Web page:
Until March 15, 2015, the Denver Art Museum will be the sole worldwide venue for 250 dazzling Cartier jewels and watches.
Platinum, diamond, and emerald necklace worn by Countess of Granard; Cartier London, 1932.
Next time you're in Denver, don't miss your chance to see Brilliant: Cartier in the 20th Century. Featuring jewelry, timepieces, and precious objects produced between 1900 and 1975, the exhibition depicts Cartier’s rise to preeminence in the midst of historical events, from the era of the Czars of Russia, to the Roaring Twenties in America, and more—as Cartier transformed itself into one of the world’s most prestigious names in luxury goods.
Mystery clock with single axle; Cartier Paris, 1967.
In 1900, Paris-based jewelry firm Cartier was poised at the brink of a new era, attracting aristocracy from all of Europe. By 1909, when Cartier opened its New York branch, Americans such as J.P. Morgan and the Vanderbilt family became loyal clientele. Indeed, over the past century, the brand’s customer list reads as a virtual who’s who of the 20th century.
The incredible exhibition reflecting Cartier’s work features a special section focused on items crafted especially for men, including the modern wristwatch, elegant and complex pocket watches, cuff links, pocket items, cocktail and desk accessories, and inscribed cigarette cases, to name a few.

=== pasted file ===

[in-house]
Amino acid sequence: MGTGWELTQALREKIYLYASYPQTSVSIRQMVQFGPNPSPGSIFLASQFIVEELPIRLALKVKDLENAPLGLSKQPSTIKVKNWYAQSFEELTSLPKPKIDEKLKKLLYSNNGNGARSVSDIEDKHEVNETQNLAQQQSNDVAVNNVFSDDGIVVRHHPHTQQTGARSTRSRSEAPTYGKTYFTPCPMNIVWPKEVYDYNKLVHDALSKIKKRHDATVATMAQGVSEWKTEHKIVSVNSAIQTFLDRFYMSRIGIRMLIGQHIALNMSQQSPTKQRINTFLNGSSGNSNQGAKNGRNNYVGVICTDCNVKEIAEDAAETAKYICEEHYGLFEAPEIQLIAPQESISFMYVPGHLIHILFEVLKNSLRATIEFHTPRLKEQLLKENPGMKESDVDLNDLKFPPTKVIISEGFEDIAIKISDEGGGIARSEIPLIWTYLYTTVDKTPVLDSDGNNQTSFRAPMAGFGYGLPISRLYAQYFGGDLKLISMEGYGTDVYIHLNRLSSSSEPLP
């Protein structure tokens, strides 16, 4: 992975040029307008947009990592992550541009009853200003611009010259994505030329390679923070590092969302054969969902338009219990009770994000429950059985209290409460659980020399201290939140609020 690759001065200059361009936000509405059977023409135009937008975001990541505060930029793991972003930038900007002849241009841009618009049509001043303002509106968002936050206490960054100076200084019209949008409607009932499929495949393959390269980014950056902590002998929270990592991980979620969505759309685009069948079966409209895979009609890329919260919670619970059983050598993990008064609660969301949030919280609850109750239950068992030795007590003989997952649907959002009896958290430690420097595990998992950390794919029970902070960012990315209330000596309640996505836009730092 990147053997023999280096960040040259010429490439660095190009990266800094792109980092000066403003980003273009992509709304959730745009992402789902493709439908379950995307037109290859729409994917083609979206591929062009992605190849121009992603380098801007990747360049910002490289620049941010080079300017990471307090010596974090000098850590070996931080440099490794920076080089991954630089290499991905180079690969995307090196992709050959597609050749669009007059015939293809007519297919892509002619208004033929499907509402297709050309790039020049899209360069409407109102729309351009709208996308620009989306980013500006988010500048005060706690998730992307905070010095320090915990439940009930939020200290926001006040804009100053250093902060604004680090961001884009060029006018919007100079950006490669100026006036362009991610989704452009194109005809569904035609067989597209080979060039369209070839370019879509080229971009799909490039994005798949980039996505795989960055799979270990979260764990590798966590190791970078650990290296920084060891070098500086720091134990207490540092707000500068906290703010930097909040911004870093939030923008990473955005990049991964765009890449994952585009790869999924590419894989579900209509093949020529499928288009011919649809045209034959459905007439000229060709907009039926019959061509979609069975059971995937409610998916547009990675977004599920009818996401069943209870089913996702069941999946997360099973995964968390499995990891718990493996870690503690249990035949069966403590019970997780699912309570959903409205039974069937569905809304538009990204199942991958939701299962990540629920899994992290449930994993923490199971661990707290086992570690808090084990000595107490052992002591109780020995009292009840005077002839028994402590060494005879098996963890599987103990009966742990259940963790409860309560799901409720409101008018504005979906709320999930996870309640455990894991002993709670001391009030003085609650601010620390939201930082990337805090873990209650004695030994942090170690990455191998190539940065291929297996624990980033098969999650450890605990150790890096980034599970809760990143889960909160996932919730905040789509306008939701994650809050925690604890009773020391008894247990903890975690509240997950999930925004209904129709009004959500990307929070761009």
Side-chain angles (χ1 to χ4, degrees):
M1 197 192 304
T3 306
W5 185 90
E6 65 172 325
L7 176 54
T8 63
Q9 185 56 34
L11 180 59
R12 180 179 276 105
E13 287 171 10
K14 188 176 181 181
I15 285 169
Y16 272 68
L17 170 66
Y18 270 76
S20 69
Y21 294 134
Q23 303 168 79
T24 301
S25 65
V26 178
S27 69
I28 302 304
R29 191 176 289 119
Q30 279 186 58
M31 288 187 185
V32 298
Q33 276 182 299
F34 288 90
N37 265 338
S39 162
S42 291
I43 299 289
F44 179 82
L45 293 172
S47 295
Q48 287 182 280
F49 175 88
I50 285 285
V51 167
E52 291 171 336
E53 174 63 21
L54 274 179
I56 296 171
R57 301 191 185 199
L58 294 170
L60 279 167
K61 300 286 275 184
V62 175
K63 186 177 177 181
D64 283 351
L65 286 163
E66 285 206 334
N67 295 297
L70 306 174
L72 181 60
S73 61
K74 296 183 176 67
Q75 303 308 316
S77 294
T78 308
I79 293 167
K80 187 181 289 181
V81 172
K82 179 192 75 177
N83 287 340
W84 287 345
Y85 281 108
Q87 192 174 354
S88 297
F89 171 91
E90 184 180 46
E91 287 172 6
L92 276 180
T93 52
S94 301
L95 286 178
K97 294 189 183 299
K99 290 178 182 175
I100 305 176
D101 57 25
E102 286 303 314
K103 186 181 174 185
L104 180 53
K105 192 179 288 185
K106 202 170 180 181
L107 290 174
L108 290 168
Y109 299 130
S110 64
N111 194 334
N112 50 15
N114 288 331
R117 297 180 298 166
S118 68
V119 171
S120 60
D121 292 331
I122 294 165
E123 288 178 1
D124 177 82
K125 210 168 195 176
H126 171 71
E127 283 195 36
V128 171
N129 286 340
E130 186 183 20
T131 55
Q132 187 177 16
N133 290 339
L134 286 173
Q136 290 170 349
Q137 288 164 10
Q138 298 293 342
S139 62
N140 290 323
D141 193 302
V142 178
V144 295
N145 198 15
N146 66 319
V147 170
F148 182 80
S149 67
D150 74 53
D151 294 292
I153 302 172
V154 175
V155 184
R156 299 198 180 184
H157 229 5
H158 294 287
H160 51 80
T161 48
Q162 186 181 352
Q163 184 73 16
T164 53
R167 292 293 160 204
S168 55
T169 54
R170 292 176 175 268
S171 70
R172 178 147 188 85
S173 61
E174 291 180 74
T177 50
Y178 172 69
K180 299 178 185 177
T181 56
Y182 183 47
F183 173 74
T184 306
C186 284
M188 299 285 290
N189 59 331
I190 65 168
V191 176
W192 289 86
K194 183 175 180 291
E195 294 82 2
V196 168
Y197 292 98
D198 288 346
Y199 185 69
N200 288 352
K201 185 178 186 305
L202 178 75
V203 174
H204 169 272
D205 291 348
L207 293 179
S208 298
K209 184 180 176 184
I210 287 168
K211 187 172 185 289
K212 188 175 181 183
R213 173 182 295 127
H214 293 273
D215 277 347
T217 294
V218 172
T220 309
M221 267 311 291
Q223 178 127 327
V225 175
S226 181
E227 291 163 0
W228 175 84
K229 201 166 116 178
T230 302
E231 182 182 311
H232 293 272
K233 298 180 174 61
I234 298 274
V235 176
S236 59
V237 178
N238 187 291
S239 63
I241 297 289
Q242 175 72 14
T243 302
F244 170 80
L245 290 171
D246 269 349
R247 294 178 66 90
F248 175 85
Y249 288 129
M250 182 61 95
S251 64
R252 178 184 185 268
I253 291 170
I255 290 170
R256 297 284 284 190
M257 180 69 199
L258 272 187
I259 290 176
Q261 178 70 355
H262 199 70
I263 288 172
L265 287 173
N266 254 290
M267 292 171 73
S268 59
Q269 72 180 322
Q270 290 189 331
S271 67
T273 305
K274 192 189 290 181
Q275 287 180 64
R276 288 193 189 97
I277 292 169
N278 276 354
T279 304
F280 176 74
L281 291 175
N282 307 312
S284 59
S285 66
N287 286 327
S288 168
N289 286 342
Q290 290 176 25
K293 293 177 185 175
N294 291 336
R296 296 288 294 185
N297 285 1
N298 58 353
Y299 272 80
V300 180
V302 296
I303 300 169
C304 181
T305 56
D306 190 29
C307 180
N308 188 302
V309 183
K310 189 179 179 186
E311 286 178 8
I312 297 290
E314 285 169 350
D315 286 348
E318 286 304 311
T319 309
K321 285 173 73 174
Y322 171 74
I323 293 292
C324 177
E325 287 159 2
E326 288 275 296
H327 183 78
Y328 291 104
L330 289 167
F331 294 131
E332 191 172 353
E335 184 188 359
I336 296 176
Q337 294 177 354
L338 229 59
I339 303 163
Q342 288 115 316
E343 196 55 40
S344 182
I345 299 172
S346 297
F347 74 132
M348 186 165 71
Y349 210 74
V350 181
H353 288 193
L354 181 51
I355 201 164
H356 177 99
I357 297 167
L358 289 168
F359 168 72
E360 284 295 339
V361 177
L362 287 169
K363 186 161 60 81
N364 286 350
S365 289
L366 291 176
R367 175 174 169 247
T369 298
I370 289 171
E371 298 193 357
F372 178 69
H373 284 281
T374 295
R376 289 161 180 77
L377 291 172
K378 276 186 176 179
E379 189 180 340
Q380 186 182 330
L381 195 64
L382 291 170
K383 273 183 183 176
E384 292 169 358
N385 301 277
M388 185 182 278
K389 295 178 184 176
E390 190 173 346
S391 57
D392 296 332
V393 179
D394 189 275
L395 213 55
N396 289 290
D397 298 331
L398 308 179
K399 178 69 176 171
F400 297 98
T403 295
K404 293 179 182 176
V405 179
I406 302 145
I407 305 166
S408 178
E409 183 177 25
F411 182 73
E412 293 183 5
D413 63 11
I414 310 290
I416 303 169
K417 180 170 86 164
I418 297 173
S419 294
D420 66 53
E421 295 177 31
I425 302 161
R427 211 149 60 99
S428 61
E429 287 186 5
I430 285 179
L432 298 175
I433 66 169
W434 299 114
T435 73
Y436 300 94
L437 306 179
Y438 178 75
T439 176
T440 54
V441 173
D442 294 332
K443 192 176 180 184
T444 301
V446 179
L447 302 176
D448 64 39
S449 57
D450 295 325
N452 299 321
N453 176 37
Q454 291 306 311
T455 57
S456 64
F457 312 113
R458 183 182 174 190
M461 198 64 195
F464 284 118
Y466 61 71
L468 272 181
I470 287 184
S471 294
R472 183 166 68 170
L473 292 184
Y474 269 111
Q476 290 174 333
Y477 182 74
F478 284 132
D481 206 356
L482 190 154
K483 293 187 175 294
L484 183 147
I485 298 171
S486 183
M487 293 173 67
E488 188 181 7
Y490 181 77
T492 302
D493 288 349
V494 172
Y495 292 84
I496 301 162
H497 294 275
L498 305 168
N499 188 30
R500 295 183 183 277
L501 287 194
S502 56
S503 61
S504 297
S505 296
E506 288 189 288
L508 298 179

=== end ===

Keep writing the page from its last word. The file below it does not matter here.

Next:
Another theme of the exhibit is Art Deco. Cartier was a leader in the innovative Art Deco movement of the 1910s and 1920s, highlighting a bold look with a new emphasis on color and geometry. The Maison utilized new materials in this era including jade, coral, and black onyx. In post-WWI mode, Cartier created stunning interpretations of international events as well.
Cigarette case; Cartier Paris, 1927.
Moving forward in time, the exhibit highlights Cartier’s Age of Glamour and its Icons of Style, including pieces for the brand’s most famous clients: Daisy Fellowes, Wallis Warfield Simpson, the Duchess of Windsor, Princess Grace of Monaco, Barbara Hutton, Elizabeth Taylor, and María Félix. Cartier’s original designs were essential to the self expression of the individuals who shaped 20th-century culture and fashion.
Drawings are displayed alongside historic photos and other collateral material in the exhibit—all setting the cultural stage for the Cartier pieces. In addition to items loaned by the Cartier Collection, the exhibition includes loans from museums and private collections in the United States and Europe.
The breadth and scope of this exhibit, organized by the Denver Art Museum and curated by Margaret Young-Sánchez, is a once-in-a-lifetime must-see.
PHOTOGRAPHY COURTESY OF NICK WELSH/CARTIER COLLECTION
Founder and editor-in-chief of ATimelyPerspective.com, Roberta Naas is a veteran award-winning journalist in the watch industry with more than 25 years of experience. She was the first woman watch editor in the US market—breaking in to an “all boys network” with a pioneering spirit that would be her signature to this day. Naas brings responsible, factual—yet always timely and insightful—reporting of the watch industry to the forefront.